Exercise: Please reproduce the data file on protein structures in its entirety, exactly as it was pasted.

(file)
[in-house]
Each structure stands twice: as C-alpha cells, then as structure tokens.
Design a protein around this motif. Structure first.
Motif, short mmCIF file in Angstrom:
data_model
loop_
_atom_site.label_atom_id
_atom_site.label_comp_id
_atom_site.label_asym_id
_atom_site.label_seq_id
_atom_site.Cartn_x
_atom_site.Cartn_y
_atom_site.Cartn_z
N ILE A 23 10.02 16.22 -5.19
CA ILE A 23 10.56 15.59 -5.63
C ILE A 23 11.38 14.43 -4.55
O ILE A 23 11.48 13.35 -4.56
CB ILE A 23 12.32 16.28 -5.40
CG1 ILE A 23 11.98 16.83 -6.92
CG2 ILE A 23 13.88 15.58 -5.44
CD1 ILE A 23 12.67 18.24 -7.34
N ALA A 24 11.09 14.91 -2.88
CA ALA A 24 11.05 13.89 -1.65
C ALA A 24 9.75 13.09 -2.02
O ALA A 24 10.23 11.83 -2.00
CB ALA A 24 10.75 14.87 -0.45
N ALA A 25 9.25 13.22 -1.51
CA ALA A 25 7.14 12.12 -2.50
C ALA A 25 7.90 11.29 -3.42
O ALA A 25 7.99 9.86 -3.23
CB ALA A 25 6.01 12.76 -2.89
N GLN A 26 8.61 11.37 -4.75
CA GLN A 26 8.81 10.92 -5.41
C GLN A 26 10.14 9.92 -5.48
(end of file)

[in-house]
Each structure stands twice: as C-alpha cells, then as structure tokens.
Design a protein around this motif. Structure first.
Motif, short mmCIF file in Angstrom:
data_model
loop_
_atom_site.label_atom_id
_atom_site.label_comp_id
_atom_site.label_asym_id
_atom_site.label_seq_id
_atom_site.Cartn_x
_atom_site.Cartn_y
_atom_site.Cartn_z
N ILE A 23 10.02 16.22 -5.19
CA ILE A 23 10.56 15.59 -5.63
C ILE A 23 11.38 14.43 -4.55
O ILE A 23 11.48 13.35 -4.56
CB ILE A 23 12.32 16.28 -5.40
CG1 ILE A 23 11.98 16.83 -6.92
CG2 ILE A 23 13.88 15.58 -5.44
CD1 ILE A 23 12.67 18.24 -7.34
N ALA A 24 11.09 14.91 -2.88
CA ALA A 24 11.05 13.89 -1.65
C ALA A 24 9.75 13.09 -2.02
O ALA A 24 10.23 11.83 -2.00
CB ALA A 24 10.75 14.87 -0.45
N ALA A 25 9.25 13.22 -1.51
CA ALA A 25 7.14 12.12 -2.50
C ALA A 25 7.90 11.29 -3.42
O ALA A 25 7.99 9.86 -3.23
CB ALA A 25 6.01 12.76 -2.89
N GLN A 26 8.61 11.37 -4.75
CA GLN A 26 8.81 10.92 -5.41
C GLN A 26 10.14 9.92 -5.48